The good, the bad, and the Force: Re-evaluating Star Wars – Episode III: Revenge of the Sith

WE’RE now officially halfway through on our whistle-stop tour of a galaxy far, far away. Since Attack of the Clones has been shortly dealt with (and not short enough it was), it’s time for the third and final instalment in the prequel trilogy to step under SCM’s cosmic magnifying glass. Let’s all have an even-handed juggle at Episode III: Revenge of the Sith.

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Daniel Abbott: My housemates have heard this argument a thousand times before. For the rest of you, here goes.

Watching Episode III in the cinema for the first time was something of a revelation for me. Bright-eyed, puppy-fatted, 12 years old, I was gripped from start to finish. It was spiritual. It was so spiritual I paid another £7 to see it again. I knelt at the altar of the Church of Lucas and I loved it.

But, nine years later, beyond the mists of nostalgia lies a tragedy with heft, weight and depth; a film of such latent quality that its two rubbish forebears wilt in its shadow. All the shattered promise that the other prequels failed to live up to is fulfilled in Episode III. Finally, we have actual characters that act like real people. We have a narrative that has power, precision and operatic scope. We have lightsaber fights with purpose and high stakes. The greatest success of Episode III is that it feels like a Star Wars film again. No trade disputes, no insipid love plot. Just Star Wars.

A lot of credit for this has to go to three central performances: Ewan McGregor, Ian McDiarmid and, yes, Hayden Christensen. McGregor and McDiarmid as Obi-Wan and Palpatine are the two shining lights of the other prequel films and they are on top form again. McDiarmid’s metamorphosis from benevolent mentor to POWAHHHH-crazy Emperor is wonderful, while Obi-Wan’s inner turmoil is masterfully handled by McGregor.

Christensen is the surprise package – after a nightmare-inducing performance in Clones, Christensen manages to grasp the anguish and conflict of Anakin’s descent to the Dark Side with real power and, after the fall, chilling intensity. The culmination of Anakin and Obi-Wan’s incredible duel to end all duels is heartbreaking, with both actors unleashing all of their emotional range in the final exchange.

There’s also a consistent tone, unlike its predecessors. Revenge of the Sith starts dark and it only gets darker from there. Did it need to be this dark? Yes. If you’re going to tell the story of a Miltonic hero falling from grace, of a grand Republic being torn apart, of death and betrayal and hubris then yes, quite frankly, it does need to be this dark.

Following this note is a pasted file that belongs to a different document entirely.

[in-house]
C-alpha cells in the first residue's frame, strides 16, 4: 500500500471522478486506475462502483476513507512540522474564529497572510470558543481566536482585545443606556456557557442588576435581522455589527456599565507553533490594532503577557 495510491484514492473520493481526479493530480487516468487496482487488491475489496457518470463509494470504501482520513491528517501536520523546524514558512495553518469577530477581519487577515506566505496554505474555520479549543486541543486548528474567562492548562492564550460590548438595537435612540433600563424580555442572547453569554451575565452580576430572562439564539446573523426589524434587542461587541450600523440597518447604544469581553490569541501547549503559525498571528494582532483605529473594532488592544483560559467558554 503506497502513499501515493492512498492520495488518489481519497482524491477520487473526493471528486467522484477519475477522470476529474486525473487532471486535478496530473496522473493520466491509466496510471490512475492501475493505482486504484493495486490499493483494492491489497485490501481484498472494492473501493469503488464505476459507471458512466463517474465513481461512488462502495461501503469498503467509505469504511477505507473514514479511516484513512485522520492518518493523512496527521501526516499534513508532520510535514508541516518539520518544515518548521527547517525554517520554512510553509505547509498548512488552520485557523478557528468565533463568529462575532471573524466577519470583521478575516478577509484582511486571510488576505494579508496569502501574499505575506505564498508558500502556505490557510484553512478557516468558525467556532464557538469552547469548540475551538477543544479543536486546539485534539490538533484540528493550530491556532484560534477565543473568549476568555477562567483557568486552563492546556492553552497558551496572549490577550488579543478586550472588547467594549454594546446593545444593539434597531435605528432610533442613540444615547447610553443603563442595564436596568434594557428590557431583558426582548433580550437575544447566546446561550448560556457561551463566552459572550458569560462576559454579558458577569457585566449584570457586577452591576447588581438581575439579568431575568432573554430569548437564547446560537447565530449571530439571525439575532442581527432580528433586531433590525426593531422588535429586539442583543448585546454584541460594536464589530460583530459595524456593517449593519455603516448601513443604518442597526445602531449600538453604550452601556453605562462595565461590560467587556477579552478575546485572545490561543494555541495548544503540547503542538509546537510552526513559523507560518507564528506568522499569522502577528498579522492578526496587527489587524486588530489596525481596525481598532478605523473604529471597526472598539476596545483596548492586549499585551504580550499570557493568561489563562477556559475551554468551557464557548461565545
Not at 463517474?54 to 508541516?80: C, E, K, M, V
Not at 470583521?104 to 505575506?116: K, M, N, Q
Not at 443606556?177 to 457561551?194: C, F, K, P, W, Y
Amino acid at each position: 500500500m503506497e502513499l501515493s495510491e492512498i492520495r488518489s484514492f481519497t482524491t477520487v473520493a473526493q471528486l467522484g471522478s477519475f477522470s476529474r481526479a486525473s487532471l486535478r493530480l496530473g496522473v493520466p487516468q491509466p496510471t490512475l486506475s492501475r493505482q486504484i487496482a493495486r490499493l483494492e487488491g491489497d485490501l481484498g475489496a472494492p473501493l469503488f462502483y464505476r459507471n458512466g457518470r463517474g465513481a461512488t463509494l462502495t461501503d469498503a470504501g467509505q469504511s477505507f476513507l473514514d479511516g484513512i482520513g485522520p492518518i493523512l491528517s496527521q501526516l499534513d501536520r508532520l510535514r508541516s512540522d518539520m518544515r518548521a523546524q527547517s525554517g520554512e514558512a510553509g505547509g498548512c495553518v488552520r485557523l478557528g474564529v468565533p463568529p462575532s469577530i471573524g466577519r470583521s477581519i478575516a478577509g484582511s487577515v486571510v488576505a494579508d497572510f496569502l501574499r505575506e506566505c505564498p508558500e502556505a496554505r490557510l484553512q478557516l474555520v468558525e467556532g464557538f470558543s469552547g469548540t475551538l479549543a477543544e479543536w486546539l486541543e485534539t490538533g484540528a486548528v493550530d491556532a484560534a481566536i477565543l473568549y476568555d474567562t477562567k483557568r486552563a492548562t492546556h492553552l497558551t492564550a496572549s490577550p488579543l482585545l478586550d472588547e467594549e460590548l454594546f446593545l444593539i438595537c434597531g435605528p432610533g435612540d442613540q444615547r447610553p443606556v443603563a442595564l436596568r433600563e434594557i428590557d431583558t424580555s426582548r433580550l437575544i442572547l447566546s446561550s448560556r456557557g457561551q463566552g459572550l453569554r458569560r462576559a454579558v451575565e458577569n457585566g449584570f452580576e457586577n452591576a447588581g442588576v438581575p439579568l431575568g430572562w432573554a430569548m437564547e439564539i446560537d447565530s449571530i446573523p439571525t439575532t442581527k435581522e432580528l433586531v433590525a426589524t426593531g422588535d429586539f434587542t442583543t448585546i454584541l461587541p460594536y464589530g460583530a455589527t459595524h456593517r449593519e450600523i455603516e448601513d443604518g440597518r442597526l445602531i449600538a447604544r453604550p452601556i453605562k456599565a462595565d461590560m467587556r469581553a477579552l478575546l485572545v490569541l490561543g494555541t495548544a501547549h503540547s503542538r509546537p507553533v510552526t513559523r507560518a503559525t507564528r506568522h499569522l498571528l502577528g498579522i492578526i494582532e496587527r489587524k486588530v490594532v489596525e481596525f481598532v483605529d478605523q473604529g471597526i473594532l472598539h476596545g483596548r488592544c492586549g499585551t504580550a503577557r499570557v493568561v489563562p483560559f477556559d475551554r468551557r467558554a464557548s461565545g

Sure, General Grievous is lame. Yes, Samuel L. Jackson is still woefully miscast. I agree that Lucas’ script is pretty clunky in places. But in a film where even Yoda ninja-flipping and brandishing a lightsaber – one of the most shocking missteps of Clones – can look as if it always belonged, these things melt away. For my money, it’s second only to Empire Strikes Back; in some instances, it’s even better. I am dead serious.

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Andrew Noel: The internet may call me a hypocrite, but here I am submitting a negative view on Revenge of the Sith. The 2005 film caught me at the height of my Star Wars obsession, so of course I loved the film. Looking back on it though, there are some issues. And by some, I mean a lot.

Let’s start with the dialogue. Of course, the prequel trilogy is by no means Shakespeare, but some of the language used is very, very basic. The worst, the worst, has to come from Hayden Christensen and Natalie Portman during those ridiculous love scenes:

Anakin: “You’re so… beautiful.”

Padmé: “It’s only because I’m so in love.”

Anakin: “No, it’s because I’m so in love with you!”

Padmé: “So love has blinded you?”

Anakin: *chuckles* “Well, that’s not exactly what I meant…”

My God! It’s the equivalent of banging two rocks together. “OOH I LOVE YOU” – “OOH I LOVE YOU MORE.”

At least with The Phantom Menace we didn’t have to cringe our way through it. At least with Han Solo he was funny! Hayden Christensen is the root of a lot of the issues in this film. Sure, he can stare like nobody’s business, but when it comes to dialogue it’s just bad. Even Anakin’s anger-filled cry of “I hate you” sounds ridiculous. Of course, the writing by no means helps him, but still.

Next: I have an issue with the Jedi themselves. Now, we all know how great the battle between Yoda and Palpatine is, but that’s the best it gets. Obi-Wan vs Anakin is a bland, boring, sequence. Even the fiery atmosphere of Mustafar can’t spice it up a bit. The arrest of Palpatine is also disappointing. Mace Windu and three other Jedi (namely: Kit Fisto, Saesee Tinn and Agen Kolar) are sent to arrest Palpatine, only for him to strike down them all bar Windu in the first minute. These are JEDI MASTERS, who survived being shot at by a tonne of droids in the last film; they should last longer than that!

Finally, two words: General. Grevious. That character had so much potential; the four armed cyborg that kills Jedi and collects their lightsabers? What’s not to like? Well, everything except the two dimensional nature of the character himself. Unless you’re familiar with backstory from the Clone Wars series, you’re really not going to get much of an idea of who this guy is, or what he’s doing. How disappointing.

So there you have it. Revenge of the Sith: A disappointing finale to a disappointing trilogy.

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